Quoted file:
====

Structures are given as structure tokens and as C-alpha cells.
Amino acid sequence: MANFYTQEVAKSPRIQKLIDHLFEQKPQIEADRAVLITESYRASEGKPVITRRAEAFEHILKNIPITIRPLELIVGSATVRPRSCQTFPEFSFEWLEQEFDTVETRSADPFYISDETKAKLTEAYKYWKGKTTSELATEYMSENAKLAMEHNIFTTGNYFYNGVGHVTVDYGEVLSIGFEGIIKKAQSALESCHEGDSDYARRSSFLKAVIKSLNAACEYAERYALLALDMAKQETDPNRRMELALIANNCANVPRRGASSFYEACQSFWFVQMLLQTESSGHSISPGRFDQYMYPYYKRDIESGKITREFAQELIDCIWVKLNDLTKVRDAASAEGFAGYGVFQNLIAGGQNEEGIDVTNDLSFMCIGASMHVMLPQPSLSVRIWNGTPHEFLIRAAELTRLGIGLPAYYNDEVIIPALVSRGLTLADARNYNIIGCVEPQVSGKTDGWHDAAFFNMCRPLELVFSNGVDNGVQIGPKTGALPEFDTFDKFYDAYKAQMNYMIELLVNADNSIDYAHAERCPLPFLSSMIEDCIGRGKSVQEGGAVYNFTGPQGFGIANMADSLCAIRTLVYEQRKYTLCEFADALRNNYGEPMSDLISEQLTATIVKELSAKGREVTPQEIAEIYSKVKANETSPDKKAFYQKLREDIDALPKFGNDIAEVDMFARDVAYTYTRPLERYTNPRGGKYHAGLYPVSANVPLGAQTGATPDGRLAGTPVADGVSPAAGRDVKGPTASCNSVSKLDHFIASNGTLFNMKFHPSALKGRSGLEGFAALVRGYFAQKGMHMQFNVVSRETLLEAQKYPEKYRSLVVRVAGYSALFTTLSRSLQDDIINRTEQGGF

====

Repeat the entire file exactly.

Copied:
Structures are given as structure tokens and as C-alpha cells.
Amino acid sequence: MANFYTQEVAKSPRIQKLIDHLFEQKPQIEADRAVLITESYRASEGKPVITRRAEAFEHILKNIPITIRPLELIVGSATVRPRSCQTFPEFSFEWLEQEFDTVETRSADPFYISDETKAKLTEAYKYWKGKTTSELATEYMSENAKLAMEHNIFTTGNYFYNGVGHVTVDYGEVLSIGFEGIIKKAQSALESCHEGDSDYARRSSFLKAVIKSLNAACEYAERYALLALDMAKQETDPNRRMELALIANNCANVPRRGASSFYEACQSFWFVQMLLQTESSGHSISPGRFDQYMYPYYKRDIESGKITREFAQELIDCIWVKLNDLTKVRDAASAEGFAGYGVFQNLIAGGQNEEGIDVTNDLSFMCIGASMHVMLPQPSLSVRIWNGTPHEFLIRAAELTRLGIGLPAYYNDEVIIPALVSRGLTLADARNYNIIGCVEPQVSGKTDGWHDAAFFNMCRPLELVFSNGVDNGVQIGPKTGALPEFDTFDKFYDAYKAQMNYMIELLVNADNSIDYAHAERCPLPFLSSMIEDCIGRGKSVQEGGAVYNFTGPQGFGIANMADSLCAIRTLVYEQRKYTLCEFADALRNNYGEPMSDLISEQLTATIVKELSAKGREVTPQEIAEIYSKVKANETSPDKKAFYQKLREDIDALPKFGNDIAEVDMFARDVAYTYTRPLERYTNPRGGKYHAGLYPVSANVPLGAQTGATPDGRLAGTPVADGVSPAAGRDVKGPTASCNSVSKLDHFIASNGTLFNMKFHPSALKGRSGLEGFAALVRGYFAQKGMHMQFNVVSRETLLEAQKYPEKYRSLVVRVAGYSALFTTLSRSLQDDIINRTEQGGF